Around the Globe

One landmark that appears often in our pictures is the Seattle P-I Globe. That’s no surprise, since it dwells between our window and the photogenic Olympic Peninsula.  How the globe got there in the first place is another matter though.

The Seattle Post-Intelligencer is the successor to Seattle’s very first newspaper, the Seattle Gazette, founded in 1863.  Eighty-five years later, the globe was created to adorn the paper’s then-new headquarters, at Sixth Avenue and Wall Street. The diameter of the globe is 30 feet, and then there’s that 18 foot eagle perched on top. The slogan “It’s in the P-I,” in red neon, still sometimes revolves around its equator.

Eventually, the P-I lost ground to its cross-park rival, the Seattle Times.  Starting in 1983 the two papers were both printed by the Times under a joint operating agreement, and so the  P-I had less need for floorspace.  They moved down toward the waterfront, taking their globe with them, and that’s why it’s in our line of sight.  Since 2009 the P-I is online only.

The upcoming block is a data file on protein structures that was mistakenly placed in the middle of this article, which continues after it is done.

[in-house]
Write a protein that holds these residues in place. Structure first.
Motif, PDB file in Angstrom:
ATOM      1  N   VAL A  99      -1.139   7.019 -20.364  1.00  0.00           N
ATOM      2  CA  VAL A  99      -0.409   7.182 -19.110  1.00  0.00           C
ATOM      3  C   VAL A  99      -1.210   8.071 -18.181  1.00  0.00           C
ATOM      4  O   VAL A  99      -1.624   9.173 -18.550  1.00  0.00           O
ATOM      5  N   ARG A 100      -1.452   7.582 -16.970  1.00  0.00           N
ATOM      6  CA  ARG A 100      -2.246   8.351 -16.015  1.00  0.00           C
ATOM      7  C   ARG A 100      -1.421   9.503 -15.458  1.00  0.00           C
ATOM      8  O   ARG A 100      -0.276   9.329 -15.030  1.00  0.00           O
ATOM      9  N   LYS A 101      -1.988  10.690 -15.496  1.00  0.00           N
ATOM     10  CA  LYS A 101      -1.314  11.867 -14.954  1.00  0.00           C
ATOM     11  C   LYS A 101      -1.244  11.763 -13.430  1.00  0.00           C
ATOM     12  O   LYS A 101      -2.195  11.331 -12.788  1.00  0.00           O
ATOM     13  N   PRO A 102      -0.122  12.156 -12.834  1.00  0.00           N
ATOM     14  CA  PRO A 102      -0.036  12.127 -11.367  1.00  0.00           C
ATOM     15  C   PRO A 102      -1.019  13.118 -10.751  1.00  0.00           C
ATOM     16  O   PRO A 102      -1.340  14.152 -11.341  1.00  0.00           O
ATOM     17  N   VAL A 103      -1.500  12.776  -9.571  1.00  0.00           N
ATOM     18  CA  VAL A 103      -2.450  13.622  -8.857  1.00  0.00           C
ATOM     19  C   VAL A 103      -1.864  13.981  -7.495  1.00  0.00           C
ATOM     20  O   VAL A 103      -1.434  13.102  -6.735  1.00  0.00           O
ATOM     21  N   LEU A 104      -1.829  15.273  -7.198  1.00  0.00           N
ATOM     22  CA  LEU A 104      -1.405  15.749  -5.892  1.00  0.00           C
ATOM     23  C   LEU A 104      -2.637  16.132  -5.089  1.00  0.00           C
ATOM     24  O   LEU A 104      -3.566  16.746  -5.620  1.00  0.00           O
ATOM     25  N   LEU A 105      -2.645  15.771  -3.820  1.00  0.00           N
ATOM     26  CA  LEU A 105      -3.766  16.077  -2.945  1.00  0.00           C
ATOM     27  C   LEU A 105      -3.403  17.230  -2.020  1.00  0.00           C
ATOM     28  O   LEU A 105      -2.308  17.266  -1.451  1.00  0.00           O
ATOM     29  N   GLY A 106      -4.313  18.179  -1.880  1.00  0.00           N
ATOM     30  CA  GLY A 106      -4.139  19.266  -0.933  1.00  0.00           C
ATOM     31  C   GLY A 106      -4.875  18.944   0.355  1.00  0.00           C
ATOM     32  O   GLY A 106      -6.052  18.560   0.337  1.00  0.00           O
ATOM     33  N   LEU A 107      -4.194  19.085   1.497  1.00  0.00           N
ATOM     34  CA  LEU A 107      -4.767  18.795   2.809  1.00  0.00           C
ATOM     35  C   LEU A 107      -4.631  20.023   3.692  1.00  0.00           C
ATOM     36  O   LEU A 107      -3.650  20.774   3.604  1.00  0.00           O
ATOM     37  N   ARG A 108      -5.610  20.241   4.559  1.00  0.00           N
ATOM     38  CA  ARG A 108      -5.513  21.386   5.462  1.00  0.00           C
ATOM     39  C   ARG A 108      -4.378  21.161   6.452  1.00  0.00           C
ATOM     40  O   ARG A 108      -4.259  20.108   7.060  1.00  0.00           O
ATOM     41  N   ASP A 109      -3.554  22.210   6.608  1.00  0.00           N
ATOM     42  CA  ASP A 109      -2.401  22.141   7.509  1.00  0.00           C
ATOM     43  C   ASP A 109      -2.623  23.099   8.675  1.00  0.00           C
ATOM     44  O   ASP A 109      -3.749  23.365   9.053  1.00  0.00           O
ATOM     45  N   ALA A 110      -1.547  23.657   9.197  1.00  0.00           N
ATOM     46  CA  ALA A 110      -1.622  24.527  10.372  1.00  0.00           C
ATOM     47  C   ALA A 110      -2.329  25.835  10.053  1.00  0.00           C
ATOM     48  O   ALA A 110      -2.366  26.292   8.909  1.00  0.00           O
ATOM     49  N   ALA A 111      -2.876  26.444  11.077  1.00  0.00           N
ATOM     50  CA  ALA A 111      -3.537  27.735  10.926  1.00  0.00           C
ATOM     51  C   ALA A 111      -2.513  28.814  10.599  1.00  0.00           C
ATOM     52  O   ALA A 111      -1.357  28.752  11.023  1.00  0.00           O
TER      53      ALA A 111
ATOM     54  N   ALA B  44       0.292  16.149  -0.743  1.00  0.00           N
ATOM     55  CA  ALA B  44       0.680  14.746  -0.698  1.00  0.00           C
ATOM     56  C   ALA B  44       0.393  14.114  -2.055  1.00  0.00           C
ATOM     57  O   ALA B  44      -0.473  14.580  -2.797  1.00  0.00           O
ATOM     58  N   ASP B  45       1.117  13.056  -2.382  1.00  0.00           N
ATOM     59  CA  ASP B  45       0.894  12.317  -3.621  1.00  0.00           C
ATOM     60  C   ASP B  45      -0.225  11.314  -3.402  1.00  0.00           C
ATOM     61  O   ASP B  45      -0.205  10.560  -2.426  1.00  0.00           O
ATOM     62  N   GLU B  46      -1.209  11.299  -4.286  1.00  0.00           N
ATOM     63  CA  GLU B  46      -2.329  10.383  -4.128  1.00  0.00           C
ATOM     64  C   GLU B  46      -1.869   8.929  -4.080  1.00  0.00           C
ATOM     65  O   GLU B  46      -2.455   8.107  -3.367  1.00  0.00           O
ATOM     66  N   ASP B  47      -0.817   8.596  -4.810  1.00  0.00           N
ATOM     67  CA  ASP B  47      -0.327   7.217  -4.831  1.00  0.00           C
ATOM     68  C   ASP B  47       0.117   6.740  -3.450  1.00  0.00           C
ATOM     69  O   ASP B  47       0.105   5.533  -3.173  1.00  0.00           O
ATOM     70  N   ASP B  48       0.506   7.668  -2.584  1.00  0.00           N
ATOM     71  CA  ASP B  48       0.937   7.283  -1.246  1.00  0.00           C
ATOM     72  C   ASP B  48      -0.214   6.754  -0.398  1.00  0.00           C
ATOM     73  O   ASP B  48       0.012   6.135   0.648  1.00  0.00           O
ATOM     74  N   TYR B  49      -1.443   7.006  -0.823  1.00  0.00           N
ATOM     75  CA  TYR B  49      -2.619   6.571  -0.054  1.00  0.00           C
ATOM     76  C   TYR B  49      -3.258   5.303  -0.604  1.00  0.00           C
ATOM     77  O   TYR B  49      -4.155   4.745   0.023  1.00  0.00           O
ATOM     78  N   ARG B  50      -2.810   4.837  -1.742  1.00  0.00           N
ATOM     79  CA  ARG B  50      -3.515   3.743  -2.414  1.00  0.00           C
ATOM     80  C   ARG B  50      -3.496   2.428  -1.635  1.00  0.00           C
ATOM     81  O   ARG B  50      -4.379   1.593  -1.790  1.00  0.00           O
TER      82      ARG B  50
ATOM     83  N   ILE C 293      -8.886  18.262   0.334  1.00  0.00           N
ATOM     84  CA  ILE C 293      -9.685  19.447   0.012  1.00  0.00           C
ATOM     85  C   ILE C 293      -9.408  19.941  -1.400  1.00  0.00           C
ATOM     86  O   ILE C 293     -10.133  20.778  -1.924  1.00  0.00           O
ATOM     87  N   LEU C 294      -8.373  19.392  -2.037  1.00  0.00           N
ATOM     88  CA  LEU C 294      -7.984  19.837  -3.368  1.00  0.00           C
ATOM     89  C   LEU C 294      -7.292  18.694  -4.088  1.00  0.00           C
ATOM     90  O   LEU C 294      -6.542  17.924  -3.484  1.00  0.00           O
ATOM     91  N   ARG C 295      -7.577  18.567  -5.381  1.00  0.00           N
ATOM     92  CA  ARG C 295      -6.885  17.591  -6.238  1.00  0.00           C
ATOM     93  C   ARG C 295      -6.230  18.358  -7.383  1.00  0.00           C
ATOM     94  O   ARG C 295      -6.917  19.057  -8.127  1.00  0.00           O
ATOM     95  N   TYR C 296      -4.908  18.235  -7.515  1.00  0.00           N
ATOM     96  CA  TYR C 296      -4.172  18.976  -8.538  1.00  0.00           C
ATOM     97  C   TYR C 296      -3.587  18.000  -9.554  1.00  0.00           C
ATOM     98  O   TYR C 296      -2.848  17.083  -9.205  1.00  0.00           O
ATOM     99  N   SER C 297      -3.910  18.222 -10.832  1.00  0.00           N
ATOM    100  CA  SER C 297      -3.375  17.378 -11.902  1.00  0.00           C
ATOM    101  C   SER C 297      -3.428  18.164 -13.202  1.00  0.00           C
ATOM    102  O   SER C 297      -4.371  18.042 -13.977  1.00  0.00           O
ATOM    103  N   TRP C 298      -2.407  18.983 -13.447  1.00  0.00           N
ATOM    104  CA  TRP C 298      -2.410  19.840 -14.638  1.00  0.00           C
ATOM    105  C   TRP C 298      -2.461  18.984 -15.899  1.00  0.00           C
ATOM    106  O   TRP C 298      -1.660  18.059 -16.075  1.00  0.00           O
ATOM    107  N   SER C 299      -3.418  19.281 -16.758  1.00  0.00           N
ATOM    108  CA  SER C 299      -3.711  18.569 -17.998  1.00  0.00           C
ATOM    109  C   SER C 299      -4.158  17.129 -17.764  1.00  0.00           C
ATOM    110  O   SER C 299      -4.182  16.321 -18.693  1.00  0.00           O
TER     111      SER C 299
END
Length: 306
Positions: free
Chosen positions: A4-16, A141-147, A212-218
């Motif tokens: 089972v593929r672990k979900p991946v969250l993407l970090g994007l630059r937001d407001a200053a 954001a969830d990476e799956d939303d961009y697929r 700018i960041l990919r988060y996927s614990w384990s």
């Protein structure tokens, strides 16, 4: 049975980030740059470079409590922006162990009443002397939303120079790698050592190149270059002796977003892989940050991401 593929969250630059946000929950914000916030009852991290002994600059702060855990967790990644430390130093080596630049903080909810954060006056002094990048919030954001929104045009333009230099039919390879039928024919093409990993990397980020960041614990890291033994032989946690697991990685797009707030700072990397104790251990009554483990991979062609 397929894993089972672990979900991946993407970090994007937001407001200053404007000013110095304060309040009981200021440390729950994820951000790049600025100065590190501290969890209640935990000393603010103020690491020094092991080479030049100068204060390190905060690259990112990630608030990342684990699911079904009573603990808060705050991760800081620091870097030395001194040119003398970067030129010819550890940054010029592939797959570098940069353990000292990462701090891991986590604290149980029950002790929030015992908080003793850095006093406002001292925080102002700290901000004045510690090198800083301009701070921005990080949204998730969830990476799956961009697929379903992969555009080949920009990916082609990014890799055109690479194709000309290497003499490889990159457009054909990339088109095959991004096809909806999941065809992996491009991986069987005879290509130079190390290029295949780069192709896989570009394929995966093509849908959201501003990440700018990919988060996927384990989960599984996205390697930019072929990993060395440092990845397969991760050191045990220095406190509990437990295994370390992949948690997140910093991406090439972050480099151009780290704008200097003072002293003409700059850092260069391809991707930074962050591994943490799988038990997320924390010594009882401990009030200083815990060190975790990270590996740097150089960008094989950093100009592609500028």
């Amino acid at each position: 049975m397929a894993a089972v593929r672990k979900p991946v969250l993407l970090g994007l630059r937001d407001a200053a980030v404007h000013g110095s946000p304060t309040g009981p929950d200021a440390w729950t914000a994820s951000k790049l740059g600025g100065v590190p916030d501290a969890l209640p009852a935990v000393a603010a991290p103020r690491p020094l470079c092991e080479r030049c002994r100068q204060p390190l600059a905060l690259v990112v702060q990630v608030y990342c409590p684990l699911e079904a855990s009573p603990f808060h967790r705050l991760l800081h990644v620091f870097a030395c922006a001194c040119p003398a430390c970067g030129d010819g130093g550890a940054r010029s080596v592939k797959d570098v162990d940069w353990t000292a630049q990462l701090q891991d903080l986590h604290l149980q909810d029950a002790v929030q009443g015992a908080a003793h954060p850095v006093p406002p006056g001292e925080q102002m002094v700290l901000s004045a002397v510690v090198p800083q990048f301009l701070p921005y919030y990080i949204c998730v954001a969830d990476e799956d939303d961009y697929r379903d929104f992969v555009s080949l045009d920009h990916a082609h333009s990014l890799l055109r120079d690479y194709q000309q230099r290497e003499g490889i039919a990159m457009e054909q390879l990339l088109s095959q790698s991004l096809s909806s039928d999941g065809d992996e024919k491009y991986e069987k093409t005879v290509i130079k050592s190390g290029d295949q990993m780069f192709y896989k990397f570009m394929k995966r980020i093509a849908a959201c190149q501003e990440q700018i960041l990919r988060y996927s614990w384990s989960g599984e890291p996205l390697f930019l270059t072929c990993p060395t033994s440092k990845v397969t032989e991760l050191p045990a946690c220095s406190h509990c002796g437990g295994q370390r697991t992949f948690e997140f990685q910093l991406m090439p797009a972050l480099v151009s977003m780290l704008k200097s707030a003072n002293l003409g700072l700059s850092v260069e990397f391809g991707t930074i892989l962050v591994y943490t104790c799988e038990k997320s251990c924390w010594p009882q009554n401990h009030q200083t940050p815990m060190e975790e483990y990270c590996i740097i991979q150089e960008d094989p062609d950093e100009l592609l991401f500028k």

Here at our house we’ve been worried about losing our view of the globe.  It’s not that the thing is going anywhere — the Museum of History and Industry, which now owns it, doesn’t have any place else to put it.  But our neighborhood is strewn with one-, two- and three-story buildings that are ripe for re-development (we lost our partial view of Mt. Rainier to a big apartment building, for instance). One day a construction crane appeared near the globe, and soon a wooden structure began to rise.

But we tracked the new building down, to Warren Avenue, across First from where I think the Cascadia Tavern used to be.  It’s wedge-shaped and yellow, and full of holes on the side away from us.  We were glad to find it topped out at a visually safe height.  Its complexion is still subject to change, but I’m sure it will always be the Swiss Cheese Building to us.

Up close, the globe itself is more imposing:

Here is the globe from the other side: